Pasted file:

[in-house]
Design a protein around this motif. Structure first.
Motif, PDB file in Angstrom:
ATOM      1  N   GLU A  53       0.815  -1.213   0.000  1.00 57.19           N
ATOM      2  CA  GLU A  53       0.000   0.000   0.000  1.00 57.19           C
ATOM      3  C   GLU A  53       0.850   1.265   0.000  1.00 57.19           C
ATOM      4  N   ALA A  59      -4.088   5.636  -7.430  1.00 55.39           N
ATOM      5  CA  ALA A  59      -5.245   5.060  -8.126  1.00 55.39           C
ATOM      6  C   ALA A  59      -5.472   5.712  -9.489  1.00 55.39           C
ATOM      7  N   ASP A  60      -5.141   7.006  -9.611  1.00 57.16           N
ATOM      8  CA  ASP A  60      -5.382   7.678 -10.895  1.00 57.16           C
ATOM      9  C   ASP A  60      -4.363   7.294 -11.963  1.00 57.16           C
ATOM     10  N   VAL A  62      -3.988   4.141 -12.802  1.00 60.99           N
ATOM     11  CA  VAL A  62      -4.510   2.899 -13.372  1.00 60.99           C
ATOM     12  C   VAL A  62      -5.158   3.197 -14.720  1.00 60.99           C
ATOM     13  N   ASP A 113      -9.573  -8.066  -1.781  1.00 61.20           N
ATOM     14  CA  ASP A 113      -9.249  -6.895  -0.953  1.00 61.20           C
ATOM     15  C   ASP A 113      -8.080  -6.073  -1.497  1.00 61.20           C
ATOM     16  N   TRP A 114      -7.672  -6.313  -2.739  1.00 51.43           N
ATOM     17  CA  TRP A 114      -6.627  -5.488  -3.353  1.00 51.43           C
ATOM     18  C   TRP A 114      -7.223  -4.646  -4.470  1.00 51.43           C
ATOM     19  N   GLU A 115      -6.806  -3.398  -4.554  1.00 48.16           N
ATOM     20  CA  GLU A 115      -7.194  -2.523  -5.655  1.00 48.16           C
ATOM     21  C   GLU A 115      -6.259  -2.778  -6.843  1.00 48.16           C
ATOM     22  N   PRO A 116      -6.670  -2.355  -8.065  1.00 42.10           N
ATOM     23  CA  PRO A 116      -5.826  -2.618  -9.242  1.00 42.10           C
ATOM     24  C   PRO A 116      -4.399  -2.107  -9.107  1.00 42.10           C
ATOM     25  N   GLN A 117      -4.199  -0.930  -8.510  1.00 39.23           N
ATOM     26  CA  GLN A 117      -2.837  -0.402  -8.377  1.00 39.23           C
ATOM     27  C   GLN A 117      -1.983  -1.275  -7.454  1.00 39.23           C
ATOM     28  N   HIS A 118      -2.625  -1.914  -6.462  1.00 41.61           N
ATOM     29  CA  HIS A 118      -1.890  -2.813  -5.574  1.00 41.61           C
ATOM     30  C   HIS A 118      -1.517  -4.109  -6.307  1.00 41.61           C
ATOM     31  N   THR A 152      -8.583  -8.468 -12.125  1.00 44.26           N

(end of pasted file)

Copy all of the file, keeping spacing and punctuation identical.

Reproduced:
[in-house]
Design a protein around this motif. Structure first.
Motif, PDB file in Angstrom:
ATOM      1  N   GLU A  53       0.815  -1.213   0.000  1.00 57.19           N
ATOM      2  CA  GLU A  53       0.000   0.000   0.000  1.00 57.19           C
ATOM      3  C   GLU A  53       0.850   1.265   0.000  1.00 57.19           C
ATOM      4  N   ALA A  59      -4.088   5.636  -7.430  1.00 55.39           N
ATOM      5  CA  ALA A  59      -5.245   5.060  -8.126  1.00 55.39           C
ATOM      6  C   ALA A  59      -5.472   5.712  -9.489  1.00 55.39           C
ATOM      7  N   ASP A  60      -5.141   7.006  -9.611  1.00 57.16           N
ATOM      8  CA  ASP A  60      -5.382   7.678 -10.895  1.00 57.16           C
ATOM      9  C   ASP A  60      -4.363   7.294 -11.963  1.00 57.16           C
ATOM     10  N   VAL A  62      -3.988   4.141 -12.802  1.00 60.99           N
ATOM     11  CA  VAL A  62      -4.510   2.899 -13.372  1.00 60.99           C
ATOM     12  C   VAL A  62      -5.158   3.197 -14.720  1.00 60.99           C
ATOM     13  N   ASP A 113      -9.573  -8.066  -1.781  1.00 61.20           N
ATOM     14  CA  ASP A 113      -9.249  -6.895  -0.953  1.00 61.20           C
ATOM     15  C   ASP A 113      -8.080  -6.073  -1.497  1.00 61.20           C
ATOM     16  N   TRP A 114      -7.672  -6.313  -2.739  1.00 51.43           N
ATOM     17  CA  TRP A 114      -6.627  -5.488  -3.353  1.00 51.43           C
ATOM     18  C   TRP A 114      -7.223  -4.646  -4.470  1.00 51.43           C
ATOM     19  N   GLU A 115      -6.806  -3.398  -4.554  1.00 48.16           N
ATOM     20  CA  GLU A 115      -7.194  -2.523  -5.655  1.00 48.16           C
ATOM     21  C   GLU A 115      -6.259  -2.778  -6.843  1.00 48.16           C
ATOM     22  N   PRO A 116      -6.670  -2.355  -8.065  1.00 42.10           N
ATOM     23  CA  PRO A 116      -5.826  -2.618  -9.242  1.00 42.10           C
ATOM     24  C   PRO A 116      -4.399  -2.107  -9.107  1.00 42.10           C
ATOM     25  N   GLN A 117      -4.199  -0.930  -8.510  1.00 39.23           N
ATOM     26  CA  GLN A 117      -2.837  -0.402  -8.377  1.00 39.23           C
ATOM     27  C   GLN A 117      -1.983  -1.275  -7.454  1.00 39.23           C
ATOM     28  N   HIS A 118      -2.625  -1.914  -6.462  1.00 41.61           N
ATOM     29  CA  HIS A 118      -1.890  -2.813  -5.574  1.00 41.61           C
ATOM     30  C   HIS A 118      -1.517  -4.109  -6.307  1.00 41.61           C
ATOM     31  N   THR A 152      -8.583  -8.468 -12.125  1.00 44.26           N